My reach is limited on social media, which I’m increasingly convinced is a good thing. As Dōgen's teacher told him, “You don't have to collect many people like clouds. Having many fake practitioners is inferior to having a few genuine practitioners. Choose a small number of true persons of the way and become friends with them.” Or as we used to say at Arthur, “smiles and whispers between those who know.”
As much as I appreciate Bandcamp, Bandcamp is a store owned by a multinational tech corporation. If they can’t write critical reviews or point readers to music that isn’t available on Bandcamp, they are producing an often helpful and sometimes very well-written in-store circular intended to get you to buy more music from their store. Bandcamp is a corporation that is only as good as the people who control it. I’m glad to see my writer friends getting paid though, and it’s where I buy most of the music you hear on the show!
This episode of True Anon about mobile gambling, casino architecture, and social media is one of the reasons I finally locked my Twitter account.
As host Liz comments regarding a NIH study on gambling around the 38m mark, “the brain releases more dopamine in the moments before a gambling result is revealed, so gamblers ‘like’ less, and ‘want’ more as time goes on … pathological gamblers are rewarded with dopamine simply because of the uncertainty of playing, not necessarily only when they’re winning … design advances prioritize that ‘want’ over ‘like’ effectively engineering dopamine releases to keep gamblers in the machine zone.” The locked account reduces the uncertainty, effectively turning my Twitter page into a private(-ish) message board. DM to follow!
I worked at a startup with guys like this who think they are cool because they used to be cool but now they’re the quirky artist who hangs out with executives and suddenly they’ve decided to die on the hill that Red Hot Chili Peppers are everybody’s idea of “indie rock.”
No metal was the only rule and I agreed to that except for one brief moment when one of the heart-opening medicine journeymen took me up on a joke offer to listen to Primitive Man in the Subaru with the windows closed. “You really don’t want that,” I warned. “I really don’t want that.”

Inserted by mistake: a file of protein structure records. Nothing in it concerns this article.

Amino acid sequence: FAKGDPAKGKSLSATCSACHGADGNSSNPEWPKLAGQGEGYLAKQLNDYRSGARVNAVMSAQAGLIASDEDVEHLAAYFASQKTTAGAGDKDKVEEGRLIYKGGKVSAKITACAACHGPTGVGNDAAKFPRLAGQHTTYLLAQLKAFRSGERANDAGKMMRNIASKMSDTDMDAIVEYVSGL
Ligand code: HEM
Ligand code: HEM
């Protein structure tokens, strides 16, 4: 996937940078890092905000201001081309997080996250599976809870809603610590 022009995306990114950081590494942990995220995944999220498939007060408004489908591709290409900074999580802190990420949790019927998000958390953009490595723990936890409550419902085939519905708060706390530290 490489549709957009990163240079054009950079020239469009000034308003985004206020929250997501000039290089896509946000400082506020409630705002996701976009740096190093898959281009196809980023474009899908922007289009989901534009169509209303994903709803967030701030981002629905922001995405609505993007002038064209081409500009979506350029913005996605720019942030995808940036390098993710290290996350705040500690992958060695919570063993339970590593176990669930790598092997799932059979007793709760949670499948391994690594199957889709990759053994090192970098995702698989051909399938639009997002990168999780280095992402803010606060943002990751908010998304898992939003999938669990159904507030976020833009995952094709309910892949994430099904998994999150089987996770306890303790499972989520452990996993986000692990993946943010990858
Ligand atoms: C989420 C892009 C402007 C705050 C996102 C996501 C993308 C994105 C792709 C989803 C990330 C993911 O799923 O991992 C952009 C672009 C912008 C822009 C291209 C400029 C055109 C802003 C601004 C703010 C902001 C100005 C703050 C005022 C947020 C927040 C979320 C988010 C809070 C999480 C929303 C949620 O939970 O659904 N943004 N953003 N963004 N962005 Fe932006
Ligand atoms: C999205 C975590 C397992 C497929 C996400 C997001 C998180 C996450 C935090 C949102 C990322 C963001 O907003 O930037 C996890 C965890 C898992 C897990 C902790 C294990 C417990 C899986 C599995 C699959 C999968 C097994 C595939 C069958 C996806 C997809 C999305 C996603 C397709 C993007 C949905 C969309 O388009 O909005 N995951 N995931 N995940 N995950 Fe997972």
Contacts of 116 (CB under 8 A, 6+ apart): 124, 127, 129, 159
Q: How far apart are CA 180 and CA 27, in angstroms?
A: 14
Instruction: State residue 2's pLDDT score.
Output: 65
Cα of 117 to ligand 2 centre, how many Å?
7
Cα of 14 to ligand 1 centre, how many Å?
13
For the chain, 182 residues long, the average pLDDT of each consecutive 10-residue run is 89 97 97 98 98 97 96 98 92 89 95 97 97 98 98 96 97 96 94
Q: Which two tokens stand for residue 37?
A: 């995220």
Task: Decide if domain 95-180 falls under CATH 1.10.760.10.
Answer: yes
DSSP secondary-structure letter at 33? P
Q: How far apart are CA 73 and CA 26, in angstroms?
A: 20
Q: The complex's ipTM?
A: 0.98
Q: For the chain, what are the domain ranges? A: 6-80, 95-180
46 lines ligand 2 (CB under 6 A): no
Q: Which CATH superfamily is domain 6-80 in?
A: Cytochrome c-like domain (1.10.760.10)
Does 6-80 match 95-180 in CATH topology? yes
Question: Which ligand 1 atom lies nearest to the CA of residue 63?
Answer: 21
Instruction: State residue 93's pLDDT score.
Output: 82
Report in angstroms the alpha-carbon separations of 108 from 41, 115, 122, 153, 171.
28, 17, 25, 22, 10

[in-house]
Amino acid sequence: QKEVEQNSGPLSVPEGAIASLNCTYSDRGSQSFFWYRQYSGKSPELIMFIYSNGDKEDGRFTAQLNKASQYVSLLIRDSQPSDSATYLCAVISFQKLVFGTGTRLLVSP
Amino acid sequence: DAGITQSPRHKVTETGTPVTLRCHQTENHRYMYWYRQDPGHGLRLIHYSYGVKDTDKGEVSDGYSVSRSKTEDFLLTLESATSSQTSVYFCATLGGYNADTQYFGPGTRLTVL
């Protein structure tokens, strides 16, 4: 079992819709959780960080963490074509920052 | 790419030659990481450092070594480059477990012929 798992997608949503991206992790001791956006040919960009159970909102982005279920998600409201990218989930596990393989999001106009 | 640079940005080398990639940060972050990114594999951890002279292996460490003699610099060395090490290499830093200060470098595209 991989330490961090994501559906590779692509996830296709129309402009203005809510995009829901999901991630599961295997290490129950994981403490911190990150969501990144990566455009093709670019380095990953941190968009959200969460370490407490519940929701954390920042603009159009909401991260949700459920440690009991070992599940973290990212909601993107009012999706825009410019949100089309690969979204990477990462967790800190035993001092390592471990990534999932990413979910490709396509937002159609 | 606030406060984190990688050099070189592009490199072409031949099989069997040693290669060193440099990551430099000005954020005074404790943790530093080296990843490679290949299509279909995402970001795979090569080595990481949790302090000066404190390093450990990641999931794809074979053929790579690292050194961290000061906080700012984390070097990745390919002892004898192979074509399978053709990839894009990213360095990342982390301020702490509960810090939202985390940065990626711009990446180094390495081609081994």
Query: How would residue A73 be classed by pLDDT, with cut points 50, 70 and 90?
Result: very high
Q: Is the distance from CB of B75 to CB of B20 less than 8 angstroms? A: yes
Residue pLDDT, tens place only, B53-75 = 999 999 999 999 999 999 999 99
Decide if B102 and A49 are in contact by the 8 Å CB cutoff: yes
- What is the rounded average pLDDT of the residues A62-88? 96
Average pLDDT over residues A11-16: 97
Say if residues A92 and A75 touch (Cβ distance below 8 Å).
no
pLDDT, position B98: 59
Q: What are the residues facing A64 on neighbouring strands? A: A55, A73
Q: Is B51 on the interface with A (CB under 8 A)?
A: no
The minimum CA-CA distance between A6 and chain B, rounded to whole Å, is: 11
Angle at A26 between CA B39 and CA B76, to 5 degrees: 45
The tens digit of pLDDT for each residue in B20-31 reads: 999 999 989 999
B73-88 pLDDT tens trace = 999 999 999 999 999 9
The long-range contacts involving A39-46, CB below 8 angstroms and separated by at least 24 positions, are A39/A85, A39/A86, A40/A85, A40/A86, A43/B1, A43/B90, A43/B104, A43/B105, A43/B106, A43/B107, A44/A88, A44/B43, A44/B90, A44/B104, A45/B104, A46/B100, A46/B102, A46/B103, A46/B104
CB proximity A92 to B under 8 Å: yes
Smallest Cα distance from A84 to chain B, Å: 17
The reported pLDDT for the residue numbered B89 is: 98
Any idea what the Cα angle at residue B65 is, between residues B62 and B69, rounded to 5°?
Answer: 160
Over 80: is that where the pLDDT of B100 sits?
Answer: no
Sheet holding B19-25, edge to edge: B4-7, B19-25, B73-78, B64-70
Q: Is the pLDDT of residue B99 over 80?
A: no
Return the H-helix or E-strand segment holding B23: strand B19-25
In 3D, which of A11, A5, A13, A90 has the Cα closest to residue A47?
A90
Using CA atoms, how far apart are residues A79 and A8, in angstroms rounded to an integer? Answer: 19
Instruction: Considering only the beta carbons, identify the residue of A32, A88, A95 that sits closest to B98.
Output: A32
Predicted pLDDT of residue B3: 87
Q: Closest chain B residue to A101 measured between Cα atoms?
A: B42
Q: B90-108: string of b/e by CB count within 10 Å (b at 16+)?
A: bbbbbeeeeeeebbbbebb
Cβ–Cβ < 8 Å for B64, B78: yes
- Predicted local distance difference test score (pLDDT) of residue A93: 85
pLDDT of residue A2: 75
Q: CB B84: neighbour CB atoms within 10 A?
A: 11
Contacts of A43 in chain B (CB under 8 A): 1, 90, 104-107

My journey with the Sony NW-A55/B high-res digital audio Walkman has been strange and frustrating, but ultimately successful in that I can listen to music on a device that does not do anything other than play the music contained on its memory card. All of the frustrations arise from Apple’s refusal to let anything other than another Apple product to talk to its music database software. And while the Walkman is a decent replacement for an ipod, I still can’t find a music database management program to replace itunes.
As Brother Kyle observes, “Listened to the whole thing, it's awesome, not sure if any album art has ever gone harder.”
Another reason you may or may not want to find me on Twitter:
lol actually if you use the free version there are ads for Sonos which at least made me confident that Mixcloud would work with Sonos!
My experience with using Mixcloud Pro for DJs was actually super frustrating. I signed up for a free trial and it didn’t really pan out. For $15/month you enable people to subscribe to your specific feed of music, including subscriber-only mixes. And it activates analytics, which I hate. I got a couple of subscribers, but Mixcloud takes a significant portion of the $15 – I think maybe 60%? but they don’t make it clear until you sign up. And they won’t make payouts until you hit a specific amount. It might work well for people with thousands of followers, but it wasn’t for me. So I canceled after the free trial was up. But Mixcloud wouldn’t deactivate my Pro status until all of my subscribers unsubscribed. So they kept getting billed, but I never saw any of the money. And new subscribers would sometimes join. So I was put into the extremely depressing position of writing to subscribers and asking them to unsubscribe, so that my account would revert to non-Pro. It was really weird. But to their credit they refunded all of the subscribers after I finally managed to get them to cancel their subs.
Stardust – Joni Mitchell 1982-2007 even got the full rewind treatment!